cincinnati reds

Phillies' offense quiet as disappointing series against Reds ends on a low note

Phillies' offense quiet as disappointing series against Reds ends on a low note

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CINCINNATI — The Phillies completed a disastrous weekend on the banks of the Ohio River with a 4-0 loss to the Cincinnati Reds at Great American Ball Park on Sunday afternoon.

The Phillies won the first game of the four-game series by hitting seven home runs on Thursday night. So much for any momentum that might have built. They lost the next three as the starting pitching wavered and the offense faded.

Phillies hitters struck out 14 times Sunday and drew just one walk. The Phillies entered the day with 996 strikeouts, third-most in the majors behind Texas (1,007) and San Diego (1,006).

The Phils did mount a late charge in Sunday's game. They loaded the bases on three singles before Reds closer Raisel Iglesias struck out Scott Kingery and Andrew Knapp to end the game.

The loss dropped the Phillies to 58-47 and the schedule gets really tough as the team now moves on to Boston for two games against the powerful Red Sox. They have the best record in the majors and entered Sunday at 40 games over .500.

At least the Phillies will have their best pitcher on the mound Monday night as Aaron Nola will face lefty David Price. Jake Arrieta will oppose lefty Drew Pomeranz in the series finale on Tuesday night.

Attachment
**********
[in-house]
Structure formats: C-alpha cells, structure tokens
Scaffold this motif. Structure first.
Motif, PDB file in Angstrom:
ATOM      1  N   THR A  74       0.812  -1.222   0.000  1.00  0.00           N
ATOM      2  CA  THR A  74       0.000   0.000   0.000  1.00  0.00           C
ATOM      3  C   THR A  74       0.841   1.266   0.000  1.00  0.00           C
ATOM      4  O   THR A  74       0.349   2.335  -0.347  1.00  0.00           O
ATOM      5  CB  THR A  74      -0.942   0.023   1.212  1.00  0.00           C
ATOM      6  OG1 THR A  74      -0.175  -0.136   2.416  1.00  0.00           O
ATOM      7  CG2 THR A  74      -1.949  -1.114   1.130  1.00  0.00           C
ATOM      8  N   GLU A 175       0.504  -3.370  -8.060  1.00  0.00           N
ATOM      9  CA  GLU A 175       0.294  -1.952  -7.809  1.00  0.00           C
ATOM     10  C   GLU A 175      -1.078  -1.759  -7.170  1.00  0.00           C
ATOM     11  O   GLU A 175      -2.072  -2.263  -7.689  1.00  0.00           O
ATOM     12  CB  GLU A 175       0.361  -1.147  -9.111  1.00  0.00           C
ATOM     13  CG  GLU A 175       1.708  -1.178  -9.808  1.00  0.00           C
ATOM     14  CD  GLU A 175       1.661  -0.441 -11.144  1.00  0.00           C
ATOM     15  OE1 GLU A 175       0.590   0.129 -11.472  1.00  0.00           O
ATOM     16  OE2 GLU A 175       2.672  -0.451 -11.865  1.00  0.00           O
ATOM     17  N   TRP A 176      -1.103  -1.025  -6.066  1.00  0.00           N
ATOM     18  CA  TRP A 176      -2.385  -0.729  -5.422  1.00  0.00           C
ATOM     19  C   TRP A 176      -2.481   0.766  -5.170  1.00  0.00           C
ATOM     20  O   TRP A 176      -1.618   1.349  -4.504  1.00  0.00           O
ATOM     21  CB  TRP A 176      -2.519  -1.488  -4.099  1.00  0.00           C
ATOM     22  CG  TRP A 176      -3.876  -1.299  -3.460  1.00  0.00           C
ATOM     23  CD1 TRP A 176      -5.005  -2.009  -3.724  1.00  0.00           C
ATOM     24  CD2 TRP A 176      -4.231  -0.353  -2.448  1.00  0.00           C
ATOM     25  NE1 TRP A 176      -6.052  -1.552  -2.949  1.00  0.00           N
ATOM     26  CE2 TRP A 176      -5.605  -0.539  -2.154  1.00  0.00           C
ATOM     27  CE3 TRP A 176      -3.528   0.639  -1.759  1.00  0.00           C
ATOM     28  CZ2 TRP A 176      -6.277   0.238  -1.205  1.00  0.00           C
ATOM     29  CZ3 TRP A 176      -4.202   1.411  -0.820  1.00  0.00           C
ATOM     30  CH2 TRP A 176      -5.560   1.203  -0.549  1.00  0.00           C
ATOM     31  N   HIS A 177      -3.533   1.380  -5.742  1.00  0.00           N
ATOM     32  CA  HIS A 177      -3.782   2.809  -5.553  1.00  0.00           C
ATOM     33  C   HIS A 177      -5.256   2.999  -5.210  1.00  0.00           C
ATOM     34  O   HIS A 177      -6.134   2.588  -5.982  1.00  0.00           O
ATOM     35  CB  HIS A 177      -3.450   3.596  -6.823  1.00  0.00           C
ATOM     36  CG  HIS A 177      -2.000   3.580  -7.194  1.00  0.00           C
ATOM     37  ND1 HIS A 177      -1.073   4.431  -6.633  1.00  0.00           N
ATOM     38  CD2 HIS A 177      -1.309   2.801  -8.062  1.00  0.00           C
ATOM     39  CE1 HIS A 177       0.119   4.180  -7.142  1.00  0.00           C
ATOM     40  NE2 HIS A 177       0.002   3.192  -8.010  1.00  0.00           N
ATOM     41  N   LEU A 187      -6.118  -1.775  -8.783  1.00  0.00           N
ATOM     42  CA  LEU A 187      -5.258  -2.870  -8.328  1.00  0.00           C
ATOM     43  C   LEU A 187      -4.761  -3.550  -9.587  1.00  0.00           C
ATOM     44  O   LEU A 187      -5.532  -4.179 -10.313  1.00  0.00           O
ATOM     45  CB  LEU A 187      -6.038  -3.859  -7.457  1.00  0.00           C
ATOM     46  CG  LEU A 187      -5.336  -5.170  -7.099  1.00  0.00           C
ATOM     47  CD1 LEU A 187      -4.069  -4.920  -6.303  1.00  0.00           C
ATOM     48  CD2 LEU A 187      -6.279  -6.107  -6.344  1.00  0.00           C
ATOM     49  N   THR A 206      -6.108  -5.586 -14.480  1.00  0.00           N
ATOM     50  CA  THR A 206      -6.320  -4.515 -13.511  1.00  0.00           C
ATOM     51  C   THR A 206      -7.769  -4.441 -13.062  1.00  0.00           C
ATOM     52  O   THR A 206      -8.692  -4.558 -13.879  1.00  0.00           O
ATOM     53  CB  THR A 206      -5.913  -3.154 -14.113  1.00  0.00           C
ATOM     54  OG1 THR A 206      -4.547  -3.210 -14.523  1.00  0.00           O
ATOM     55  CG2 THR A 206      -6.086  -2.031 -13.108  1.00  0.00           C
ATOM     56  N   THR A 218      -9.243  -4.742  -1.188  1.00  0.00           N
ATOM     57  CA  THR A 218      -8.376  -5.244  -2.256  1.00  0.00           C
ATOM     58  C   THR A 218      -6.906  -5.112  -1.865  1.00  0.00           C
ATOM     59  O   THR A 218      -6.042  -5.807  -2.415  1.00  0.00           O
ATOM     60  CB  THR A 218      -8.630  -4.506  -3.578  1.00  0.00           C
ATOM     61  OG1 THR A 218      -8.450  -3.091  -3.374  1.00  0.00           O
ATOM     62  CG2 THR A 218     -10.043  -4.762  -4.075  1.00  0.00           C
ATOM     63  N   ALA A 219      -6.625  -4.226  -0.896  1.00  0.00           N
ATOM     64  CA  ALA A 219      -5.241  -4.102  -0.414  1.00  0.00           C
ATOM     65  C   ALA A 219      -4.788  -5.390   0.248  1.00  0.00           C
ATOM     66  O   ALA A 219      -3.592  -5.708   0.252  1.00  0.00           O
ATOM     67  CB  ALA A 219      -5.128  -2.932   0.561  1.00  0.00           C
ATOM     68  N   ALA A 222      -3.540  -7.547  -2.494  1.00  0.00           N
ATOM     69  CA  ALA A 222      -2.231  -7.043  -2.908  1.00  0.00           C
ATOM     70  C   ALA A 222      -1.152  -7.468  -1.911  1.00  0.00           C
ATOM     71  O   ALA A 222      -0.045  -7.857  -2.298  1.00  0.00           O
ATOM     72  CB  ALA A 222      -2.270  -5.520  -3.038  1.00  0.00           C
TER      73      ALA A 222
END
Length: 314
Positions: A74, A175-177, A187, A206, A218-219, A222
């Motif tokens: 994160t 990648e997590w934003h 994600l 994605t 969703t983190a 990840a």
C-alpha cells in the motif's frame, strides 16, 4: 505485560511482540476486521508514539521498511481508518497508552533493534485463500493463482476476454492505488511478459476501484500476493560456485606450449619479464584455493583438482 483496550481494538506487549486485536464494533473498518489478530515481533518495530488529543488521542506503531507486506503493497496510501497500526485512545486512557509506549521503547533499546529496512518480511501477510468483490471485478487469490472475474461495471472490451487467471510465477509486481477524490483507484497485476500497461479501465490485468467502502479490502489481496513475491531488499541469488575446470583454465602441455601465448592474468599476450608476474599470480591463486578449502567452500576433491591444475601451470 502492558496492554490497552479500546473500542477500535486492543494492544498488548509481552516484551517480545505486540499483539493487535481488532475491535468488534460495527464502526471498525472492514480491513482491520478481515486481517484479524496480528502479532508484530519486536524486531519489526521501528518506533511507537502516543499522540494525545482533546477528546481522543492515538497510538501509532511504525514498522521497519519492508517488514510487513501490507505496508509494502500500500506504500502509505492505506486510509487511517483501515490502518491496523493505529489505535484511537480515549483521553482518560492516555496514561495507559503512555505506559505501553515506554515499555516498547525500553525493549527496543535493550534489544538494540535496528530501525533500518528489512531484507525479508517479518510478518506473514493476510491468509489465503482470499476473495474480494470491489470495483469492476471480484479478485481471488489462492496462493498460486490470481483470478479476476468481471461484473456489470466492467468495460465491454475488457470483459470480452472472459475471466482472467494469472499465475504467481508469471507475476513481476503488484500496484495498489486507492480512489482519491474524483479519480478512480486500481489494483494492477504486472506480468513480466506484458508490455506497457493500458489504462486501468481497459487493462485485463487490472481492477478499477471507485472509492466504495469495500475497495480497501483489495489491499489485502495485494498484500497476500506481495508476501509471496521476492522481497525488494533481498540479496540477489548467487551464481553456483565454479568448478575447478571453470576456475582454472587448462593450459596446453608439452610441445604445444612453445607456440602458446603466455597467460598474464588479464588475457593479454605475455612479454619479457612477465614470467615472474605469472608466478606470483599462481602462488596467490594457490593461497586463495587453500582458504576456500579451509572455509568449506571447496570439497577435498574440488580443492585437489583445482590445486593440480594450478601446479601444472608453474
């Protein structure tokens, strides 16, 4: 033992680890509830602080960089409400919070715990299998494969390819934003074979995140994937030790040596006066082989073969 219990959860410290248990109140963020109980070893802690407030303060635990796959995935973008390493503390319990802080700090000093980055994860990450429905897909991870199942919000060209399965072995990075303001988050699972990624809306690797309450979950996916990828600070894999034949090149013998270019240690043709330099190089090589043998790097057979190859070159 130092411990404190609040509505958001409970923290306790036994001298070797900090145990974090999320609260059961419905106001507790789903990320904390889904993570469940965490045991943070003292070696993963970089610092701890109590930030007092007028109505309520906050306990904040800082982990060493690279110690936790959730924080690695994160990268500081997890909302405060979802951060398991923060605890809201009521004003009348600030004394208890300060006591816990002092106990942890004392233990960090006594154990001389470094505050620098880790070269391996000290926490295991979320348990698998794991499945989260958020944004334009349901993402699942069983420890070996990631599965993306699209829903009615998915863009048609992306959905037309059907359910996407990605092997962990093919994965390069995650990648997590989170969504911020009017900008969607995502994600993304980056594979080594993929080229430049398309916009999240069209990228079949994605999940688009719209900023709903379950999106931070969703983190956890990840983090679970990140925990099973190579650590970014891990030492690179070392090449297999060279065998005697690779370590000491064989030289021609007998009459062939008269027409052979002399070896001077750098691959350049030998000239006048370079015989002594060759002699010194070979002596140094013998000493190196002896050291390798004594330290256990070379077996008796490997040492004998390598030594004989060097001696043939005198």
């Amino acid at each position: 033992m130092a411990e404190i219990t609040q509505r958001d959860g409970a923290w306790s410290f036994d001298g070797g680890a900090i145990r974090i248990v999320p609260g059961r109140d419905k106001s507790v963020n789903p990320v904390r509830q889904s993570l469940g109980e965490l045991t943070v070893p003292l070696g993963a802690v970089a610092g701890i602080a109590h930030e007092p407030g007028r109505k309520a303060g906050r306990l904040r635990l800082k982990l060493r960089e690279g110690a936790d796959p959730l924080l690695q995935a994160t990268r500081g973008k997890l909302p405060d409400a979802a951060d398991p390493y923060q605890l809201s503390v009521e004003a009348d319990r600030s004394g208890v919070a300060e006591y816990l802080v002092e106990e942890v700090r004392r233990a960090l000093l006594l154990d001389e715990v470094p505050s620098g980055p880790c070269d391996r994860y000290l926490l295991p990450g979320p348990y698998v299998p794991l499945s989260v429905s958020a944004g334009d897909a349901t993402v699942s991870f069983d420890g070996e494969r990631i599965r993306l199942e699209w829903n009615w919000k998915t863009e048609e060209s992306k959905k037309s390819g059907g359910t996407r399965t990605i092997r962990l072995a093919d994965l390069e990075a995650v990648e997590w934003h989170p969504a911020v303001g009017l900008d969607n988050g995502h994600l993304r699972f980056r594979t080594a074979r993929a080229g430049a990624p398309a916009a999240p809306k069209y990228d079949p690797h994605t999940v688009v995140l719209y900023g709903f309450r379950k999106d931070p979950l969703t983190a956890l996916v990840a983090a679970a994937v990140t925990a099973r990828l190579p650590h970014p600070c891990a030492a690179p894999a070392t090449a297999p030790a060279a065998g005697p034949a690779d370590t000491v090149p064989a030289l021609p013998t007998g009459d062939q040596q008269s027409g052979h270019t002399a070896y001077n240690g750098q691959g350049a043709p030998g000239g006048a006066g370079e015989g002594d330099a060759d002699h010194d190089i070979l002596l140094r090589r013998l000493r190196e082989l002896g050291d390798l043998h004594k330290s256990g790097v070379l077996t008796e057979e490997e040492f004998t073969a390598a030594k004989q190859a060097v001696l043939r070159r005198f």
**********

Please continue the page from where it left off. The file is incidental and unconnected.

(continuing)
The Phillies go into Boston in first place in the NL East, but their lead was in jeopardy of being reduced to 1 ½ games depending on the outcome of the Braves-Dodgers game in Atlanta.

The Phils had last lost three in a row June 24-26 against Washington and the Yankees. They have lost four in a row twice this season but never five in a row.

Zach Eflin, who ran off six straight wins from June 5 to July 3, struggled for the third consecutive start. The right-hander got through the first two innings quickly, but was hit hard in the third inning and gave up back-to-back doubles and a two-run homer as the Reds built a 3-0 lead. Three innings later, the Reds opened the bottom of the sixth with a pair of singles and Phillip Irvin upped the lead to 4-0 with a sacrifice fly.

In all, Eflin gave up seven hits in 5 1/3 innings. He struck out four.

Cincinnati right-hander Luis Castillo sliced through the Phillies’ lineup with ease. He gave up four hits — all singles — over seven shutout innings, walked one and struck out nine. He faced the minimum 12 batters over his final four innings of work. The Phillies had an early chance to get to Castillo after Odubel Herrera singled and Rhys Hoskins walked with two outs in the first. The Phils could not capitalize as Nick Williams struck out. 

Newcomer Asdrubal Cabrera, picked up in a trade on Friday, started at second base as Cesar Hernandez got part of the day off. Scott Kingery returned to shortstop. Cabrera is hitless in his first two games with his new club.

Hernandez pinch-hit with one out in the eighth and doubled for the Phillies’ only extra-base hit of the day. Their other seven hit were singles.

The Reds are 10 games under .500 for the season, but 26-15 since June 10.

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Asdrubal Cabrera to make his Phillies debut at shortstop

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Asdrubal Cabrera to make his Phillies debut at shortstop